A new collaborative study led in the U.S. by the University of Maryland suggests that urban planning and transport policies can limit the future increase in cities’ energy use by about one-quarter, from 730 exajoules (or EJ, a standard measurement unit for city-scale electricity consumption) to 540 EJ in 2050. The limitation of future consumption is particularly critical, as current urbanization trends suggest that world-wide urban energy use will more than triple by 2050.
The study, led by the Mercator Research Institute on Global Commons and Climate Change (MCC) and published in the Proceedings of the National Academy of Sciences, demonstrates that cities in developing countries throughout Asia, Africa and the Middle East have the highest potential for energy savings through urbanization – 86 percent of the world’s total potential savings. In order to achieve these savings however, current and future urban planning methodologies must focus short commutes between home and work places – driven by mutually supportive public transportation and land use development.
The team of researchers behind this groundbreaking study, including Giovanni Baiocchi, an associate professor in University of Maryland’s Department of Geographical Sciences, together with researchers at the MCC, Yale University, and the Potsdam Institute for Climate Impact Research, also identified mitigation options in “mature” cities (those whose land use and transportation systems have been fully developed). For example, higher fuel prices in the United States would enable more compact development in eco-centric and progressive cities like Boulder, Colorado.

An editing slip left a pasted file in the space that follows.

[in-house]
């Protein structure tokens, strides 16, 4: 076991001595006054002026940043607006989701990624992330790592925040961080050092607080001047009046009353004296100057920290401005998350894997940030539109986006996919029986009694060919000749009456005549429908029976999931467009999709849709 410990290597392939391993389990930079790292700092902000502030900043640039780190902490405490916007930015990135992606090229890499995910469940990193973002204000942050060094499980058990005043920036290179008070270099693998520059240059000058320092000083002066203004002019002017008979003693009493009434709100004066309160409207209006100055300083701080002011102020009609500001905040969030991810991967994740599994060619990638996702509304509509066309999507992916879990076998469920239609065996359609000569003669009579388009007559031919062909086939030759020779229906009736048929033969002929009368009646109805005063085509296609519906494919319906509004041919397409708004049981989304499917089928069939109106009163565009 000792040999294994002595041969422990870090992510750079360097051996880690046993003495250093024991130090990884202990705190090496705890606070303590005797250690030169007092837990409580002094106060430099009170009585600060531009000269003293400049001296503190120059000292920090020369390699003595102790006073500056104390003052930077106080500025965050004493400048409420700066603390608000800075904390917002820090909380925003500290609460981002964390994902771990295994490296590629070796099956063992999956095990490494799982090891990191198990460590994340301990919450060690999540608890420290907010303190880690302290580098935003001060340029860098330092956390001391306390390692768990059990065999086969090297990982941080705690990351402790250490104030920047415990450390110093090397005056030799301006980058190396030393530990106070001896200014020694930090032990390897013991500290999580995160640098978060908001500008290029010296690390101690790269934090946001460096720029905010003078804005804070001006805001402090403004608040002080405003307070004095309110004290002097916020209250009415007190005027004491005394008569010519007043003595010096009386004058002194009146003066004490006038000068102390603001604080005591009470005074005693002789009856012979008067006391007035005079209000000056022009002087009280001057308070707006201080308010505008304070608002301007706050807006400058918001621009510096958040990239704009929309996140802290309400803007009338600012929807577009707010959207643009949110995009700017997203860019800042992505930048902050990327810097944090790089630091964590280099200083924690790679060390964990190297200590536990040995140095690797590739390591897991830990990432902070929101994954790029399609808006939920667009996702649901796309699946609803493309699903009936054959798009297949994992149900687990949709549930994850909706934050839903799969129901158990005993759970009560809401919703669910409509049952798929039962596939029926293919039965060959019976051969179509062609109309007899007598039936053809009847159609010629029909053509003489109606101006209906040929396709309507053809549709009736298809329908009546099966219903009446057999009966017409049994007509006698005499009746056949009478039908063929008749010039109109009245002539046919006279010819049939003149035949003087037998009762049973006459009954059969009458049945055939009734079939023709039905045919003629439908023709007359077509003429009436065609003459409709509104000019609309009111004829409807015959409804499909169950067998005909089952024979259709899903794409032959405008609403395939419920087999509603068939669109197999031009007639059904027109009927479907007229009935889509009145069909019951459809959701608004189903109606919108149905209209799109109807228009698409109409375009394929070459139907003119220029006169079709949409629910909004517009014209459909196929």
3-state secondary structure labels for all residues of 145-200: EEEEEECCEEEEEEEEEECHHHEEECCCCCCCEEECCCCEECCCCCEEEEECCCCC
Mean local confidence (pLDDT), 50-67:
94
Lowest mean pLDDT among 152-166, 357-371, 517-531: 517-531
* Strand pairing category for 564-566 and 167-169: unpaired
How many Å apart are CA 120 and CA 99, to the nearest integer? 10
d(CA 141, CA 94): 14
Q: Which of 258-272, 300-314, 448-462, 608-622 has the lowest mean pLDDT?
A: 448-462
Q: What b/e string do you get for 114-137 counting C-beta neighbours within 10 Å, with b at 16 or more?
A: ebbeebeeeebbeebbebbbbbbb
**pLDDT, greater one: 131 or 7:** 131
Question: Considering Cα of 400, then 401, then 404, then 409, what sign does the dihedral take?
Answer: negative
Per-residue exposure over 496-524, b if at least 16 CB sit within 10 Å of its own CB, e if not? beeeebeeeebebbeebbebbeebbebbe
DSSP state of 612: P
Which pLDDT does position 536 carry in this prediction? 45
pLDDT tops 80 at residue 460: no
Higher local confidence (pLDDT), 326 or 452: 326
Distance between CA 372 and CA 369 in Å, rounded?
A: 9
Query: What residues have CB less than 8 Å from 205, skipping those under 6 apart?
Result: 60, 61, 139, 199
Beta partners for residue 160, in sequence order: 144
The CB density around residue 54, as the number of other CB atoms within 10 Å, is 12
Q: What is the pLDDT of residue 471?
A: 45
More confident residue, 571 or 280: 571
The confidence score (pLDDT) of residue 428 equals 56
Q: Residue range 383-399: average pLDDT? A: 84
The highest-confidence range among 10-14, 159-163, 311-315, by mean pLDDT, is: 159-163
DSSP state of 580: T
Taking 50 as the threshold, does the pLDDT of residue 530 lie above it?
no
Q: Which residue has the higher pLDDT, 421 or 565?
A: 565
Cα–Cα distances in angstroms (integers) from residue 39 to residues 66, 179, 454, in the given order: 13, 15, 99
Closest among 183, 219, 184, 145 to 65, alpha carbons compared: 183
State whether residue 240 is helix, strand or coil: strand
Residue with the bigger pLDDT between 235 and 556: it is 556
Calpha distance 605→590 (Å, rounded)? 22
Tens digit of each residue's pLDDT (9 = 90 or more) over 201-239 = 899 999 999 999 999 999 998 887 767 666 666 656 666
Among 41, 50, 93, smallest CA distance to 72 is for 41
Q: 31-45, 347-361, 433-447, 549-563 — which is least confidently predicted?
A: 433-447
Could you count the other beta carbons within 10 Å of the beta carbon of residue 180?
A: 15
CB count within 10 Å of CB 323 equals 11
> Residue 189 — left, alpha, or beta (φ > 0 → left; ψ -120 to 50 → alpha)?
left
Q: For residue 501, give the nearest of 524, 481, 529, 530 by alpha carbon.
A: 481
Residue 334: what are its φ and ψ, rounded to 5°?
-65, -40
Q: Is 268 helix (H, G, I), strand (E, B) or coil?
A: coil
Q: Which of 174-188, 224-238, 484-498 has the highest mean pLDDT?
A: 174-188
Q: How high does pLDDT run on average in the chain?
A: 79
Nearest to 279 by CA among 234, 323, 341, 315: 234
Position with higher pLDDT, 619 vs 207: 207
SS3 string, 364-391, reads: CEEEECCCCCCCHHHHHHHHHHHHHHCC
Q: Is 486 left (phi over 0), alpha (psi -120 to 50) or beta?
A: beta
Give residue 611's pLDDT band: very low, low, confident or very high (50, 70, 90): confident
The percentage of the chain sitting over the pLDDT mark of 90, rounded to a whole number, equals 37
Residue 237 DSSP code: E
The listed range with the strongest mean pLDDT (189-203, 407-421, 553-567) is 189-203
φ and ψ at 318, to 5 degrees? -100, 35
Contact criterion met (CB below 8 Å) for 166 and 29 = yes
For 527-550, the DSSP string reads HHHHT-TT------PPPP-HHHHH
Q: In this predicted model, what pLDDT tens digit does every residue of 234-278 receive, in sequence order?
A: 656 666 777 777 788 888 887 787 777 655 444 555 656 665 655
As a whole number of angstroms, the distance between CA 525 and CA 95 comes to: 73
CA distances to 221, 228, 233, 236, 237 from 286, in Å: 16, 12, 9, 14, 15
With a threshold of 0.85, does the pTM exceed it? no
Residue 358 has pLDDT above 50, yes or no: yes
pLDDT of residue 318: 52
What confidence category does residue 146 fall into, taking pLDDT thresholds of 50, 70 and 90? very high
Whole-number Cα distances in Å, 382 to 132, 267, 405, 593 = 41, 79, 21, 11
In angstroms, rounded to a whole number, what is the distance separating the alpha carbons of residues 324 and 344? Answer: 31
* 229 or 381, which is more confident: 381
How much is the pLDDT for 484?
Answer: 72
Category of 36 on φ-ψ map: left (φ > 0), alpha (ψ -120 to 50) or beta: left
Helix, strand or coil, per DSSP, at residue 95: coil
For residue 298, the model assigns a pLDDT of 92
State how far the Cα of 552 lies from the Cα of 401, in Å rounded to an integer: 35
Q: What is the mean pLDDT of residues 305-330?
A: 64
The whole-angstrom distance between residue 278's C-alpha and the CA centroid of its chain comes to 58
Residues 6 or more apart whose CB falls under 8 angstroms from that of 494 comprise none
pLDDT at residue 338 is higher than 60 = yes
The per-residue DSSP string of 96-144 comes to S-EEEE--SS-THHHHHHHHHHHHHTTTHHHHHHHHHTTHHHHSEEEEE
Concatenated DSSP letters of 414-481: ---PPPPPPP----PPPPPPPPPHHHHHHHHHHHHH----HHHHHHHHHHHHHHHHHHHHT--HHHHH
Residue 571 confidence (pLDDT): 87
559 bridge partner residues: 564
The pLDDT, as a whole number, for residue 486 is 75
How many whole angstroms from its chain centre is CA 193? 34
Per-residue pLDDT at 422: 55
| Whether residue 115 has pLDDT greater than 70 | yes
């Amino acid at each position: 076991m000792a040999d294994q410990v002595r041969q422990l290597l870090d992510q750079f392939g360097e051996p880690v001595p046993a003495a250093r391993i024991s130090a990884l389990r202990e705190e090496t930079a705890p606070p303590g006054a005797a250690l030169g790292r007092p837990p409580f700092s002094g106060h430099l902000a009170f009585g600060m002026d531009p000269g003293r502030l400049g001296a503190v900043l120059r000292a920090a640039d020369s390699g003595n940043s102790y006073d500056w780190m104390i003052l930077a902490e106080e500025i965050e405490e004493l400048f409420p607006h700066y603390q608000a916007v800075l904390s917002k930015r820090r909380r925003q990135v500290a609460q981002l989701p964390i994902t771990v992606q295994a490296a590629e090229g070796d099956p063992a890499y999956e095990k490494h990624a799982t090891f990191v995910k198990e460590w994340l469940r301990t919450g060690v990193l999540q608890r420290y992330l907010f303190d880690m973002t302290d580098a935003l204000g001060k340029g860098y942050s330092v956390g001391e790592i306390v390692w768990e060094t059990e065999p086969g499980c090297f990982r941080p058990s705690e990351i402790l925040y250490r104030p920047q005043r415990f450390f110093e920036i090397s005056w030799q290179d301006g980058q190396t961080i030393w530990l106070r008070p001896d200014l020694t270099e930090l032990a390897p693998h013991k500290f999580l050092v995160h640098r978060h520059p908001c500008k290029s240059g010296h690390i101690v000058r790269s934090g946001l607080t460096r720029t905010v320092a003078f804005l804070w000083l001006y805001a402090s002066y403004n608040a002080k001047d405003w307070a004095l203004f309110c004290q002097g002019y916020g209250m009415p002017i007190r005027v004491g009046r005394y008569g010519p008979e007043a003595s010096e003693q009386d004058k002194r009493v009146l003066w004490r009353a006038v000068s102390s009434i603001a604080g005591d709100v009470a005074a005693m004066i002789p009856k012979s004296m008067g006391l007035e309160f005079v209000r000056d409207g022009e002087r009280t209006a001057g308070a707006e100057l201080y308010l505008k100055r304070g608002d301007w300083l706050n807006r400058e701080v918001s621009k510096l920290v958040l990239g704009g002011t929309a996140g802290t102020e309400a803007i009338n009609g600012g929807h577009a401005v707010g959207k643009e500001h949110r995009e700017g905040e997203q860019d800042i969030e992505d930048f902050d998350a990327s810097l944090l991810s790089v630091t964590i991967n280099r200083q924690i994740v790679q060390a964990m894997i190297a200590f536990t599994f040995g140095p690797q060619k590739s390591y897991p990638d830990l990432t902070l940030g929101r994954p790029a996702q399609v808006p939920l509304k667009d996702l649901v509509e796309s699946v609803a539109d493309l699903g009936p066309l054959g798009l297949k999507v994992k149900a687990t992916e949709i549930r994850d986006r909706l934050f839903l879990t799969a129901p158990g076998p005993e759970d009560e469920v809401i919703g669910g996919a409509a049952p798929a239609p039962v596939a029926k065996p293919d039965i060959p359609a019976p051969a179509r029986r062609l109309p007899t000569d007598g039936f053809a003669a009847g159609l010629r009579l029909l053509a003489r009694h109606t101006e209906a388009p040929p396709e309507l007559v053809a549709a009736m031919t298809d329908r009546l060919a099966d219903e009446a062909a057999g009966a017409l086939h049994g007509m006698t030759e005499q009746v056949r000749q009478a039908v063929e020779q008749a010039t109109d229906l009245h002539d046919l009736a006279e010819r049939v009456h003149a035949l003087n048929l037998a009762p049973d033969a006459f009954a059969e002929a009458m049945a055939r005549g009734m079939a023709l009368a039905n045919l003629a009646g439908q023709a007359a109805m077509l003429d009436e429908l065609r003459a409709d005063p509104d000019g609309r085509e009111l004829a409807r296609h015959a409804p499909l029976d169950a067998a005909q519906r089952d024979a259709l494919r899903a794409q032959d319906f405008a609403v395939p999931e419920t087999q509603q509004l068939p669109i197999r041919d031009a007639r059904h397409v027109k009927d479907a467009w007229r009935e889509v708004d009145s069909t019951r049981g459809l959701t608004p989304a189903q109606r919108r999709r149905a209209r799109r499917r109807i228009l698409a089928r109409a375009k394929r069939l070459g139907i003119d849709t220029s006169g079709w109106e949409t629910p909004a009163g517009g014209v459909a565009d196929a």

"Using global data on cities we produced a typology of cities based on their energy use and associated emissions, useful at tailoring mitigation measures for different cities,” says Baiocchi, lead U.S. researcher on the study. One key message extracted through this approach is that the eight different types of cities found in the study each need different mitigation policies to maximize their impact on energy consumption.
One particular area of focus for the multinational research team is China, whose urban areas are responsible for more than 80% of the country’s carbon dioxide (CO2) emissions.
“Fast developing cities with low fuel prices and high heating demands have the largest potential for reducing emissions,” explains Baiocchi. “This is particularly evident for energy-intensive cities in China that are located in colder climates. The high-energy demands of these cities combined with China's dependence on coal, greatly contributes to the pollution problems we see today. It is important that China continues to target inefficiencies and invest in energy conservation.”
The study, titled “A Global Typology of Urban Energy Use and Potentials for an Urbanization Mitigation Wedge,” used data sets from the World Bank and the Global Energy Assessment and modeled the development of 274 cities, representing all city sizes and regions worldwide. “Through this study we provide critical new insights into how different types of cities can most effectively mitigate the effects of climate change,” says Felix Creutzig, lead author of the study and head of the working group Land Use, Infrastructures and Transport at the MCC. “The mitigation potential is greatest in rapidly growing cities and in cities where infrastructure is not set in place.”
Source: Andrew Roberts, College of Behavioral and Social Sciences
January 13, 2015